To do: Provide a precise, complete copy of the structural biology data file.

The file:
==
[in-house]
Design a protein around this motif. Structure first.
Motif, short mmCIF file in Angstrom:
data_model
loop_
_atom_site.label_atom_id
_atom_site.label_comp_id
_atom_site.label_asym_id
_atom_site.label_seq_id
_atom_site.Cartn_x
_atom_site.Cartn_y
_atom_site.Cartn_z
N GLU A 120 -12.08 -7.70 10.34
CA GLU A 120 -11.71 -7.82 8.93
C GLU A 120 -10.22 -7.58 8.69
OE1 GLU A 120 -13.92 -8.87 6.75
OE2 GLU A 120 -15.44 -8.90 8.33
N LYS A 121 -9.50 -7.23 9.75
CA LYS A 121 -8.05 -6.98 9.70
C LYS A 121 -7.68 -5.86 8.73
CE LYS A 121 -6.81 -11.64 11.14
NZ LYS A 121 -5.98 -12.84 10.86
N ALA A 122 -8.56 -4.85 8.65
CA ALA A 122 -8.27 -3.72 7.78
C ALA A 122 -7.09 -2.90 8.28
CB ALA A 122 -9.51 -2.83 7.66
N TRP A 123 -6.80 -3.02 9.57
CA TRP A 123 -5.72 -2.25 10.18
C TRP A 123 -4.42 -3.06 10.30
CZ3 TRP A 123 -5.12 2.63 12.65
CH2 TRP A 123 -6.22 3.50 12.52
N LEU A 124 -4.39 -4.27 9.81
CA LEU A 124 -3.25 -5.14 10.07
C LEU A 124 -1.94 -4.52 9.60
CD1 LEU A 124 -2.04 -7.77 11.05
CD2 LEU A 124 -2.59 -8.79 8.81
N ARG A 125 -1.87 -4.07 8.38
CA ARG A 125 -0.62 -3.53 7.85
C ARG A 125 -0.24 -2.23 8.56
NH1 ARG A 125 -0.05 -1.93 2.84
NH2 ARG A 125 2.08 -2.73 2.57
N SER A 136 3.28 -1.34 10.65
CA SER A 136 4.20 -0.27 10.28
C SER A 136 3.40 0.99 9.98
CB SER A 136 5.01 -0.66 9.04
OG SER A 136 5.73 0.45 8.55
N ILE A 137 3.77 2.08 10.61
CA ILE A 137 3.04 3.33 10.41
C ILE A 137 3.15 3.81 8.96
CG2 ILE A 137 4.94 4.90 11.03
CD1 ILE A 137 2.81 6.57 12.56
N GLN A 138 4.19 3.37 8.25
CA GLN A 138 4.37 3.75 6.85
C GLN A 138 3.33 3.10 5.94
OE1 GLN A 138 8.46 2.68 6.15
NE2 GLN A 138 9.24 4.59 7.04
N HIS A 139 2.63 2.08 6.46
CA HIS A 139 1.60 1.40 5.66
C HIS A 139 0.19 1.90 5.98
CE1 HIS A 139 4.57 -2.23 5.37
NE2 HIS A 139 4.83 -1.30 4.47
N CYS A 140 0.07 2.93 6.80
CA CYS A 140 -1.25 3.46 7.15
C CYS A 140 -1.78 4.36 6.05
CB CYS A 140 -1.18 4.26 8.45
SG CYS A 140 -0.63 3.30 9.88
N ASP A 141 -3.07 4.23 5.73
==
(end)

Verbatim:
[in-house]
Design a protein around this motif. Structure first.
Motif, short mmCIF file in Angstrom:
data_model
loop_
_atom_site.label_atom_id
_atom_site.label_comp_id
_atom_site.label_asym_id
_atom_site.label_seq_id
_atom_site.Cartn_x
_atom_site.Cartn_y
_atom_site.Cartn_z
N GLU A 120 -12.08 -7.70 10.34
CA GLU A 120 -11.71 -7.82 8.93
C GLU A 120 -10.22 -7.58 8.69
OE1 GLU A 120 -13.92 -8.87 6.75
OE2 GLU A 120 -15.44 -8.90 8.33
N LYS A 121 -9.50 -7.23 9.75
CA LYS A 121 -8.05 -6.98 9.70
C LYS A 121 -7.68 -5.86 8.73
CE LYS A 121 -6.81 -11.64 11.14
NZ LYS A 121 -5.98 -12.84 10.86
N ALA A 122 -8.56 -4.85 8.65
CA ALA A 122 -8.27 -3.72 7.78
C ALA A 122 -7.09 -2.90 8.28
CB ALA A 122 -9.51 -2.83 7.66
N TRP A 123 -6.80 -3.02 9.57
CA TRP A 123 -5.72 -2.25 10.18
C TRP A 123 -4.42 -3.06 10.30
CZ3 TRP A 123 -5.12 2.63 12.65
CH2 TRP A 123 -6.22 3.50 12.52
N LEU A 124 -4.39 -4.27 9.81
CA LEU A 124 -3.25 -5.14 10.07
C LEU A 124 -1.94 -4.52 9.60
CD1 LEU A 124 -2.04 -7.77 11.05
CD2 LEU A 124 -2.59 -8.79 8.81
N ARG A 125 -1.87 -4.07 8.38
CA ARG A 125 -0.62 -3.53 7.85
C ARG A 125 -0.24 -2.23 8.56
NH1 ARG A 125 -0.05 -1.93 2.84
NH2 ARG A 125 2.08 -2.73 2.57
N SER A 136 3.28 -1.34 10.65
CA SER A 136 4.20 -0.27 10.28
C SER A 136 3.40 0.99 9.98
CB SER A 136 5.01 -0.66 9.04
OG SER A 136 5.73 0.45 8.55
N ILE A 137 3.77 2.08 10.61
CA ILE A 137 3.04 3.33 10.41
C ILE A 137 3.15 3.81 8.96
CG2 ILE A 137 4.94 4.90 11.03
CD1 ILE A 137 2.81 6.57 12.56
N GLN A 138 4.19 3.37 8.25
CA GLN A 138 4.37 3.75 6.85
C GLN A 138 3.33 3.10 5.94
OE1 GLN A 138 8.46 2.68 6.15
NE2 GLN A 138 9.24 4.59 7.04
N HIS A 139 2.63 2.08 6.46
CA HIS A 139 1.60 1.40 5.66
C HIS A 139 0.19 1.90 5.98
CE1 HIS A 139 4.57 -2.23 5.37
NE2 HIS A 139 4.83 -1.30 4.47
N CYS A 140 0.07 2.93 6.80
CA CYS A 140 -1.25 3.46 7.15
C CYS A 140 -1.78 4.36 6.05
CB CYS A 140 -1.18 4.26 8.45
SG CYS A 140 -0.63 3.30 9.88
N ASP A 141 -3.07 4.23 5.73